Hide/Show Apps

Comparing beliefs about appropriate practice among early childhood education and care professionals from the US, China, Taiwan, Korea and Turkey

2005-01-01
McMullen, M
Elicker, J
Wang, JH
Erdiller, Z
Lee, SM
Lin, CH
Sun, PY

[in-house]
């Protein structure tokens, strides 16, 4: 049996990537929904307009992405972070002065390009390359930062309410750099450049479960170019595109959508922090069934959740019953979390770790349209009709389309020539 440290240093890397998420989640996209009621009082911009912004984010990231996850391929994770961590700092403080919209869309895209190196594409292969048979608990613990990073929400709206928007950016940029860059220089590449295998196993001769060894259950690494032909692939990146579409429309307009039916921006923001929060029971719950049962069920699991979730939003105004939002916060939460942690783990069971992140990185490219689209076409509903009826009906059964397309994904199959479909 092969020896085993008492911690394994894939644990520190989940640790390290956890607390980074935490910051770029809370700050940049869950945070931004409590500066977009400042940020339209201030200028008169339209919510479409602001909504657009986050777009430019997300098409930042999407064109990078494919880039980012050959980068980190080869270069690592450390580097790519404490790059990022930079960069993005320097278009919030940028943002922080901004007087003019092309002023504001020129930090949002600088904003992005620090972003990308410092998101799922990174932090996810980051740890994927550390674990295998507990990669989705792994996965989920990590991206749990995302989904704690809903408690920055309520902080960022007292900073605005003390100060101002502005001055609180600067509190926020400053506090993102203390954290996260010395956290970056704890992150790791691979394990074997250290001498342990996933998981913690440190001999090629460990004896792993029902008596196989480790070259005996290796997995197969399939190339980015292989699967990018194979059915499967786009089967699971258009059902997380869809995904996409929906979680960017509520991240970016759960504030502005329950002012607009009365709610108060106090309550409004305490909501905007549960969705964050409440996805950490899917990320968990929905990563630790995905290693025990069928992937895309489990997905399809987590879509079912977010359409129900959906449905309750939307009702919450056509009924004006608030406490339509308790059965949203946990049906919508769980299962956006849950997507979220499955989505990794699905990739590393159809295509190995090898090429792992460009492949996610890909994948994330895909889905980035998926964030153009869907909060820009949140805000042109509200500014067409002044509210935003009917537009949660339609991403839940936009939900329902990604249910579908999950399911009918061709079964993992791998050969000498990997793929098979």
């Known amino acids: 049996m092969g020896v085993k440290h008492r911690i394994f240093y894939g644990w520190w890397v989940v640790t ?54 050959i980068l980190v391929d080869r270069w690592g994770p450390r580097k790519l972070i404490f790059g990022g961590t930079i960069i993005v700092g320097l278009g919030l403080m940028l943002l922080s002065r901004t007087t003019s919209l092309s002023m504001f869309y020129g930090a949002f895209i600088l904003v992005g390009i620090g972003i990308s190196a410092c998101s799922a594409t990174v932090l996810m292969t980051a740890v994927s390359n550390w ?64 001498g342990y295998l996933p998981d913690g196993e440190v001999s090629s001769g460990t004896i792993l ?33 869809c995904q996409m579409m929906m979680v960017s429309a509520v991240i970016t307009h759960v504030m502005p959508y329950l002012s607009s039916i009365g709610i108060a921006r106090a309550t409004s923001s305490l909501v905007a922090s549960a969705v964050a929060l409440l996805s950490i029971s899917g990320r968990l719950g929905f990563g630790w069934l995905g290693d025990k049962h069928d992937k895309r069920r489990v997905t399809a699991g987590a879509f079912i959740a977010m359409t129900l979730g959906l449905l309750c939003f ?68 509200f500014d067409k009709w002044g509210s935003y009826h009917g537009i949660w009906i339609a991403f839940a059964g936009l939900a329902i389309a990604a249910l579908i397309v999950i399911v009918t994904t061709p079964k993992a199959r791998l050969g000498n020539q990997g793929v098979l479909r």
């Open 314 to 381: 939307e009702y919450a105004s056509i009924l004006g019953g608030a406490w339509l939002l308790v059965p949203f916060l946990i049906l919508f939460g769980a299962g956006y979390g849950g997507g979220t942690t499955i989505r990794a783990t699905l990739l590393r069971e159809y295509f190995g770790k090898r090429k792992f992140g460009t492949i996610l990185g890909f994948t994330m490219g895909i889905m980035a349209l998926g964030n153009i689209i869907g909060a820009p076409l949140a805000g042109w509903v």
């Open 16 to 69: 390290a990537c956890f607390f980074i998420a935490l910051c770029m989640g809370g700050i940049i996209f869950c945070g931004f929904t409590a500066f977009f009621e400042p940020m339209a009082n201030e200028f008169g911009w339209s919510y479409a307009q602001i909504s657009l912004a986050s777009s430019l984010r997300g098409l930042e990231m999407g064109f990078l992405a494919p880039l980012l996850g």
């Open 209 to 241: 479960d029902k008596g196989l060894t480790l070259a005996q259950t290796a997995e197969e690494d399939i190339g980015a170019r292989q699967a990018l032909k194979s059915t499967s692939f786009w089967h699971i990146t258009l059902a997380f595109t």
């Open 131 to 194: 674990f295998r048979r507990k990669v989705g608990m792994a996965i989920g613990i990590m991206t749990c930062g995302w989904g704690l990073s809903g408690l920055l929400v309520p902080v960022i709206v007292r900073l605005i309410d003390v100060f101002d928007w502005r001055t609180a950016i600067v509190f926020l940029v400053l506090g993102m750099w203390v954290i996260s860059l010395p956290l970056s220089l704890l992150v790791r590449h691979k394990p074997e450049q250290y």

The purpose of this study was to examine what, if anything, caregivers and teachers of 3- to 5-year-old children from the U.S. (n=412), China (n=244), Taiwan (n=222), Korea (n=574), and Turkey (n=214), had in common in terms of self-reported beliefs and self-reported practices related to the National Association for the Education of Young Children's (NAEYC) policy statement for developmentally appropriate practices (DAP). DAP is widely endorsed by early childhood education and care professionals in the U.S. and is assumed to have far reaching impact on curricular beliefs and practices throughout the world. Pearson correlations and one-way ANOVA were used to compare overall mean scores for beliefs measured by the Teachers Beliefs Scale (TBS) to those of practices measured by the Instructional Activities Scale (IAS) [Charlesworth, R., Hart, C. H., Burts. D. C., & Hernandez, S. (1991). Kindergarten teachers' beliefs and practices. Early Child Development and Care, 70, 17-35]. Item-by-item analyses were conducted using factor analysis and chi(2) analyses within and across countries. Similarities emerged related to, in particular, those beliefs and teaching practices associated with integrating across the curriculum, promoting social/emotional development, providing concrete/hands-on materials, and allowing play/choice in the curriculum. (c) 2005 Elsevier Inc. All rights reserved.